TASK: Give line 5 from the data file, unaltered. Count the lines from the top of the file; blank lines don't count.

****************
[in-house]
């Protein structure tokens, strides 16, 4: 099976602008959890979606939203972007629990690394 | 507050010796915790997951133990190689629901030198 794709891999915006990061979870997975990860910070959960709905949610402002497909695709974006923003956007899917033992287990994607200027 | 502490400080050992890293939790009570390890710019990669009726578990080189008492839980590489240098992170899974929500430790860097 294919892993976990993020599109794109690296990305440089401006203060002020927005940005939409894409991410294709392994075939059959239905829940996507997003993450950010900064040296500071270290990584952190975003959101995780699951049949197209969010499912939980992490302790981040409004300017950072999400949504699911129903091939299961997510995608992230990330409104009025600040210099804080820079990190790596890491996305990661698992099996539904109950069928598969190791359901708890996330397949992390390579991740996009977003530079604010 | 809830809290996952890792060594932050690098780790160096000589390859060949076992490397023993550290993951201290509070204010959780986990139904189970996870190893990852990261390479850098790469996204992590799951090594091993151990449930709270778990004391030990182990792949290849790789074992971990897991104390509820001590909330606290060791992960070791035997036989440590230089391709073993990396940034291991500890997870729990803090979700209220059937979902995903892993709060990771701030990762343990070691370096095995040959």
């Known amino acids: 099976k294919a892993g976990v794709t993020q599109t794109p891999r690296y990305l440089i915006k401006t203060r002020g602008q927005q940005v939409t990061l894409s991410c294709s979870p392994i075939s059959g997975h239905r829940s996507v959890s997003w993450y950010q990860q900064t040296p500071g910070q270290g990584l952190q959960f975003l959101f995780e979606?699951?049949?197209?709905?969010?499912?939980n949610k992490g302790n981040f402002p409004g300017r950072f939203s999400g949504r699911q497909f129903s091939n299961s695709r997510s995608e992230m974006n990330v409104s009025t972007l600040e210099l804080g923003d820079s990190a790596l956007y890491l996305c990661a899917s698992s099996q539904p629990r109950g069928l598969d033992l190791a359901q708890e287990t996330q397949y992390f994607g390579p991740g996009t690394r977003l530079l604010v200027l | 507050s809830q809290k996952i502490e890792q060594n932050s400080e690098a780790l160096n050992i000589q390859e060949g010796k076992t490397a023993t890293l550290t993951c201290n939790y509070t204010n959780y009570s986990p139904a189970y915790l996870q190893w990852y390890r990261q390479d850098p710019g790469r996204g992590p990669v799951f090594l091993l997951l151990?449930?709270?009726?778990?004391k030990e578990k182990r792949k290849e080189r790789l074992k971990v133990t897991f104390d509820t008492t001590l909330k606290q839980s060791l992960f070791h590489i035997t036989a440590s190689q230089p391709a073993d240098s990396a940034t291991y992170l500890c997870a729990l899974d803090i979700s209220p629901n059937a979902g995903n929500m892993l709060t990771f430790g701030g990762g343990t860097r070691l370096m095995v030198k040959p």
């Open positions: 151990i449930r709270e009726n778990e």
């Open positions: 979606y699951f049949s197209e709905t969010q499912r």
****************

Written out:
């Open positions: 979606y699951f049949s197209e709905t969010q499912r």